However, the late Eastern Han scholar 蘇林 Su Lin phonetically glossed 閼氏 as 焉支 *ʔɨen kie, implying an alternate earlier OC reading *ke for 支. Guangyun (1008) lists the Middle Chinese reading *tɕie < OC *ke for 氏 in 閼氏. The modern Mandarin reading yānzhī for 閼氏 is a reflex of Su Lin's *ʔɨen kie. (OC *qˤat k.deʔ would have become Mandarin *èshì.)

Moreover, Old Chinese *q- had already shifted to a glottal stop by the time 閼氏 first appears in the Records of the Grand Historian (c. 109 BC) in which 'Alexandria' was transcribed as 烏弋山離. If 烏 transcribed a foreign word with a zero initial, then 閼 (which shared an initial with 烏 *qˤa) must also have transcribed a foreign word with a zero initial (or initial glottal stop or, less likely, ʕ-), then Former Han 閼氏 *ʔˤat deʔ / ke could not have transcribed a Xiongnu word like qatun (or even *χatun).

Would alternate readings of 閼 help salvage the qatun hypothesis? 閼 has four Middle Chinese readings in Guangyun:

MC *ʔɑt  < OC *qˤat (my *qat, Zhengzhang's *qaːd)

MC *ʔɨat  < OC *qat (my *Cɯ-qat, Zhengzhang's *qad)

MC *ʔɨen  < OC *qran or *qren (my *Rɯ-qan or *Rɯ-qen, Zhengzhang's *qran)

MC *ʔen  < OC *qˤen (my *qen, Zhengzhang's *qeːn)

The OC readings other than OC *qˤat are not in Baxter and Sagart (2014) but are my attempts to project the MC readings back into OC using their system.

The last two MC readings are listed for 閼氏 in Guangyun.

All readings would have had an initial glottal stop during the Former Han. *ʔˤat, *ʔat, *ʔran  ~ *ʔren, *ʔˤen.

The final *-t or *-n could have been an attempt to transcribe Xiongnu *l. Vovin (2002: 392) identified 閼氏 as a transcription of the Xiongnu cognate of Proto-Yeniseian *ʔal/r'it 'wife'.

If Old Chinese still had *-r (and the transcription of 'Alexandria' may indicate otherwise'*), then the use of a *-t/-n graph instead of an *-r graph points to *l instead of *r in the Xiongnu word. Otherwise, *-t/-n could indicate either *l or *r in Xiongnu.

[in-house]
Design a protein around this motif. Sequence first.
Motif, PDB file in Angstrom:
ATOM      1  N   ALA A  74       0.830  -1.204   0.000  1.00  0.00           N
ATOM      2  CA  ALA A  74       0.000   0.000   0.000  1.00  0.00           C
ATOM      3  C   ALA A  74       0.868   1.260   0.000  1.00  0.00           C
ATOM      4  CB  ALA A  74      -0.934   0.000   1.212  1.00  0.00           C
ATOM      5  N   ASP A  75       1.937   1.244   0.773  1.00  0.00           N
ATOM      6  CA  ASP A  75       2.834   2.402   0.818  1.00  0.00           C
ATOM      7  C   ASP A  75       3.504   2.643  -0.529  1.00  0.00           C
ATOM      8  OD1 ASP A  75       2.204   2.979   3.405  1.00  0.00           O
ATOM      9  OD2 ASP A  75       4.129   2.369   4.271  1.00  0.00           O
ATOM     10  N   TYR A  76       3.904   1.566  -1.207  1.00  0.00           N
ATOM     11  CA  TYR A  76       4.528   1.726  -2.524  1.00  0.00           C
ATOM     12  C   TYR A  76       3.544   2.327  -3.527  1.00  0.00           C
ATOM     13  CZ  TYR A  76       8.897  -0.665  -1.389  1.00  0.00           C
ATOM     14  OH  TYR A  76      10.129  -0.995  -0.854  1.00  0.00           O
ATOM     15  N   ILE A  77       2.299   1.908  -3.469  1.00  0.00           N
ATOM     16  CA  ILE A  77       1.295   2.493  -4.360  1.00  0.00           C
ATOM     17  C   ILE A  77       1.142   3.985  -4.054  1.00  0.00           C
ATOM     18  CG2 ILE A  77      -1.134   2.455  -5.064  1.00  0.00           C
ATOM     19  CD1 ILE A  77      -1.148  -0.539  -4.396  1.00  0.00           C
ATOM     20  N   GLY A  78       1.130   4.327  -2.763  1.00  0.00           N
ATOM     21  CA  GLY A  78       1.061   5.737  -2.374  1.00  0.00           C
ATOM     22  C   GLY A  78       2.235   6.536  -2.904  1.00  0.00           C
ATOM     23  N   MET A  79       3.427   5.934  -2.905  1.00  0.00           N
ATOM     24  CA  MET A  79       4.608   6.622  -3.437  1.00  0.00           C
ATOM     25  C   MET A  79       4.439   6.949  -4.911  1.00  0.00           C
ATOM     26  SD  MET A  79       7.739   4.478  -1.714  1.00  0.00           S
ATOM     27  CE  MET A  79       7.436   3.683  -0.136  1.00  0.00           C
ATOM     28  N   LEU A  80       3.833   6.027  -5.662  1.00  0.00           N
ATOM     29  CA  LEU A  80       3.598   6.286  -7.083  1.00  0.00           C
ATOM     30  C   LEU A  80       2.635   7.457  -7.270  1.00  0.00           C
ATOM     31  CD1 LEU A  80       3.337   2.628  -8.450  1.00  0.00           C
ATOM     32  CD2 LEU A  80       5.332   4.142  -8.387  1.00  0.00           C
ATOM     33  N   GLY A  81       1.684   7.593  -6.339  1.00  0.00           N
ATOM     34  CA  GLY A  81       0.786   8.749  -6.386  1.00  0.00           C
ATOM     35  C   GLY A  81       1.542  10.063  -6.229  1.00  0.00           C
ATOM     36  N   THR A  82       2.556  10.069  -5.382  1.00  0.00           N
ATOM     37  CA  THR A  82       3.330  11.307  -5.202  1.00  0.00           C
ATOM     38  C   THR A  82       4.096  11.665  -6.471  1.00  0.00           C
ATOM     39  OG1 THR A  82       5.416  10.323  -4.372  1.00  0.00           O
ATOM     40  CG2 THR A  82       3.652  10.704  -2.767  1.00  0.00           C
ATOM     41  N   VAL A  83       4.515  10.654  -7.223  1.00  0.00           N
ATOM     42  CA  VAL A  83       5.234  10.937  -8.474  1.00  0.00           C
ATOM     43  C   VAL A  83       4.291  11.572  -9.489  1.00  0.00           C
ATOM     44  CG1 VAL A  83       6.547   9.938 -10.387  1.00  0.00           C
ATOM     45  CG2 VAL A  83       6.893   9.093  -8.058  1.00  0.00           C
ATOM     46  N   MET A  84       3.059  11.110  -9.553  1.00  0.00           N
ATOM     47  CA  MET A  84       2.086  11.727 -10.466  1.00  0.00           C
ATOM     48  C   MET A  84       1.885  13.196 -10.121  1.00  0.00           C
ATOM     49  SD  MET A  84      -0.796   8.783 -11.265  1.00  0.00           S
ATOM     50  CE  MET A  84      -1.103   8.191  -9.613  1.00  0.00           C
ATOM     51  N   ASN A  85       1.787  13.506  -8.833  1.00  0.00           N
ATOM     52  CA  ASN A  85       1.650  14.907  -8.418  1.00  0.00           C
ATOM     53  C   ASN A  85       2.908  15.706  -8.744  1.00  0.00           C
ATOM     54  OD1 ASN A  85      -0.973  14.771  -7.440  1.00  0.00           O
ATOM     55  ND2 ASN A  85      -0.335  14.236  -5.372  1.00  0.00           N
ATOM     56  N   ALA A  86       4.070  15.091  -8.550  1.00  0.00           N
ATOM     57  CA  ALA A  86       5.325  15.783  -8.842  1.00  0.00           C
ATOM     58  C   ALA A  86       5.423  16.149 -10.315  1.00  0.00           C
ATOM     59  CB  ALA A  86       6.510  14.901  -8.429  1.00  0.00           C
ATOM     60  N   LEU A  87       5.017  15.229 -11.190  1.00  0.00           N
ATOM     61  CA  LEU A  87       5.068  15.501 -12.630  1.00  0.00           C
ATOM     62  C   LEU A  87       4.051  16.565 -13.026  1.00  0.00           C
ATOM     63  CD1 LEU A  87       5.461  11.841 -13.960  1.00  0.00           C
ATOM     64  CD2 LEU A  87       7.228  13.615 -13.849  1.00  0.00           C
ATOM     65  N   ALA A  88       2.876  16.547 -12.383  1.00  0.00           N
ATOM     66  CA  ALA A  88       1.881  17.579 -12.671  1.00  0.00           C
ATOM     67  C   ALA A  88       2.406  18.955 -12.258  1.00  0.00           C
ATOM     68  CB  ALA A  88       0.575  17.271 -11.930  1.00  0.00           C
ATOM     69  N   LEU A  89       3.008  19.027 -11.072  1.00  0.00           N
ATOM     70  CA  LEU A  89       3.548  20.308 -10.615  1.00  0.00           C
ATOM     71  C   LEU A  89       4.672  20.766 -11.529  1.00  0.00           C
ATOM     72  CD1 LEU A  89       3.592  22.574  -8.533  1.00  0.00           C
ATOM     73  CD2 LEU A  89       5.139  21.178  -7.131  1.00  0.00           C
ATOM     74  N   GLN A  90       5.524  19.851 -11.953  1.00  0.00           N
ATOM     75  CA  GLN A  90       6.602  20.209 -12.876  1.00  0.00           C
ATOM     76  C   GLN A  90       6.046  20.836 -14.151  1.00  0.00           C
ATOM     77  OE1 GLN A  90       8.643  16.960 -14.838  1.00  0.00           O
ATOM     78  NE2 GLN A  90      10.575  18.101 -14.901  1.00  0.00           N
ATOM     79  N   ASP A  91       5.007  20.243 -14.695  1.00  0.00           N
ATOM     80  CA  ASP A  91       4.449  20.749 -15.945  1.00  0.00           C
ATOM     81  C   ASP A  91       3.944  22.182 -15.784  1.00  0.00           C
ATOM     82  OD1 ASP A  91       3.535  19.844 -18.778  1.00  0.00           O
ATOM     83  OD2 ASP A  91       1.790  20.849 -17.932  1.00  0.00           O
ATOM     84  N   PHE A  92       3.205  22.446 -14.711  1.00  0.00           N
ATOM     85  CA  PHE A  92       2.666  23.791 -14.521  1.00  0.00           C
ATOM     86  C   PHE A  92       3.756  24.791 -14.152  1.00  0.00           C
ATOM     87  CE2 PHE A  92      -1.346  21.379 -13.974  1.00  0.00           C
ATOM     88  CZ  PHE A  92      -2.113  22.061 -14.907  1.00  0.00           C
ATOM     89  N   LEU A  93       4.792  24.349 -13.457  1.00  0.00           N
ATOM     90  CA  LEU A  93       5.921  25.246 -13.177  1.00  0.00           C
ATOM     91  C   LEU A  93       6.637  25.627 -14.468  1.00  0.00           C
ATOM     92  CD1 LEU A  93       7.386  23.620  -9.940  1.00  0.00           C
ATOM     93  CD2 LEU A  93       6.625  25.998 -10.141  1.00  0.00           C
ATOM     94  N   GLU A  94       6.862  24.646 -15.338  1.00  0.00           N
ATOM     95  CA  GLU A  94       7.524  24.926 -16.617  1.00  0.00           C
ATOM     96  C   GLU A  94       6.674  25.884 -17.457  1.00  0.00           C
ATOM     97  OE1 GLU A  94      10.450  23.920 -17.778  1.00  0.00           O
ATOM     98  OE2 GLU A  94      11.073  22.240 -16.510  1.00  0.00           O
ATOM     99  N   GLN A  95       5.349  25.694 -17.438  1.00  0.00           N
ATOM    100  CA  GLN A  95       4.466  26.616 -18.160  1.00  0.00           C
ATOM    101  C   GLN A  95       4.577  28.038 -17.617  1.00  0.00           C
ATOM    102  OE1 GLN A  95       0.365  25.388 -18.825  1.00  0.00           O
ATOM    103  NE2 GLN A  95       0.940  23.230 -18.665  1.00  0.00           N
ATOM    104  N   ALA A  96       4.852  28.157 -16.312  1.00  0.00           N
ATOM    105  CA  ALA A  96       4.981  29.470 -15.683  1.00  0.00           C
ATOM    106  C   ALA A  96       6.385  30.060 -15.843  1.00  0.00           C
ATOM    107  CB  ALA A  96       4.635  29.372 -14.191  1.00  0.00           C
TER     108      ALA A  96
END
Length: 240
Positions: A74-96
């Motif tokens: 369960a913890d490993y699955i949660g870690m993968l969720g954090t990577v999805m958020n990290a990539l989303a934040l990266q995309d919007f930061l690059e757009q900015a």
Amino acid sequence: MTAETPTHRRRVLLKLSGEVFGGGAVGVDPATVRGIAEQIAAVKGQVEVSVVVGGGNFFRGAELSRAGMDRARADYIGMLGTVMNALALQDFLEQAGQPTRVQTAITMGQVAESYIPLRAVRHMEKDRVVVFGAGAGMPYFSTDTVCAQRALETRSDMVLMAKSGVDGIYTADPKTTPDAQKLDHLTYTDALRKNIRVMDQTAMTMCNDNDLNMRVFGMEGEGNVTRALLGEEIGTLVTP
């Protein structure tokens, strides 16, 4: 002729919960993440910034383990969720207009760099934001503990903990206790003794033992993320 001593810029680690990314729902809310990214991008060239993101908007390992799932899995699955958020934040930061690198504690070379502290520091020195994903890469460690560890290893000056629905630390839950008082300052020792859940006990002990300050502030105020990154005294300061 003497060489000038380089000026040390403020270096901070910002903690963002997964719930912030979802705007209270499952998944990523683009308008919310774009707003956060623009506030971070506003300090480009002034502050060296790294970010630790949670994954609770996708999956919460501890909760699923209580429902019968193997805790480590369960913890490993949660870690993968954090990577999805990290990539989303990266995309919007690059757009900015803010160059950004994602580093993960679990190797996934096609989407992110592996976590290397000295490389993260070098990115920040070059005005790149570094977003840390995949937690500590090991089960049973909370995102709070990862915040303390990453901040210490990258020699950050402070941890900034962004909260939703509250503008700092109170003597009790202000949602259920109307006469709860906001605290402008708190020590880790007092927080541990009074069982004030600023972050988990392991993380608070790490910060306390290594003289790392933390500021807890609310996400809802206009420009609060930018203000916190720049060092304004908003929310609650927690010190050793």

Other segments may be problematic for the *ʔal/r'it hypothesis:

Proto-Yeniseian *a does not match *e in the OC ancestors of the readings prescribed by Guangyun. But maybe the first Xiongnu vowel was higher than *a: e.g., *æ, *ɛ, or even *e.

The final *-t of the Proto-Yeniseian word matches the *d- of 氏 *deʔ but not the *k- of the reading *ke that would be the source of the readings later specified by Su Lin and Guangyun.

Moving on to semantics, did Xiongnu elevate 'wife' to 'empress' (cf. how Proto-Indo-European *gʷēn 'woman' was elevated to English queen), or did 'empress' become 'wife' (cf. the downward shift of status of English lady)? Or was the word 'wife' in Xiongnu and interpreted as 'empress' by the Chinese?

If the Xiongnu title transcribed as 閼氏 is not the source of qatun, where did qatun come from? I am not convinced that the Xiongnu title transcribed as 護于 is the source of qaɣan (see part IV), but I do favor Vovin's (2007: 184) speculation that qatun is qan 'ruler' with a Rouran feminine infix *-tu-. Alas, as Vovin noted, "[a]lmost nothing is known about the Ruan-ruan [= Rouran] language", so that hypothesis cannot be tested.

(The above statement does not rule out a Yeniseian origin for qaɣan and/or qan. Perhaps there was a Xiongnu phrase 'great ruler' that sounded like qaɣan, but that phrase was unrelated to the Xiongnu word underlying 護于 and was not an official title in the Xiongnu language [or it somehow escaped the notice of the Chinese]. The Rouran could have been the first to make qaɣan a title.)

*Baxter and Sagart (2014) reconstructed 山 corresponding to -xan- in 'Alexandria' with final *-r. I expressed my doubts here. But if they are correct, then Early Old Chinese *-r must have shifted to *-n in the Former Han dialect underlying 烏弋山離 unless the transcriber misheard 'Alexandria' as 'Alexaria'. 單于 *DAR-UGHA? PART IV: QA-UGHA

I thought of one more reason not to reconstruct Old Chinese 單于 as *dar-ʔu-ɣa. If 護于 'crown prince' (with the same second character) is a transcription of the Xiongnu prototype of the Central Asian title qaɣan, then it is unlikely that 護于 was *ʁwah-ʔu-ɣa, unless a trisyllabic Xiongnu word was compressed into a disyllabic word in Turkic and Mongolic.

Moreover, if Vovin (2007: 180) is correct, qaɣan is from the Xiongnu cognate of Proto-Yeniseian *qɛʔ 'great' plus the Xiongnu cognate of Proto-Yeniseian *qʌ̄j ~ *χʌ̄j 'ruler' with allophonic medial voicing and a Mongolic suffix -n; no *u would be expected in such a compound (unless it was a Xiongnu linking vowel). Vovin (2007: 181) suggested that medial *-w- could have been lost in 'ruler' during the two millennia separating the Xiongnu from the modern Yeniseian languages.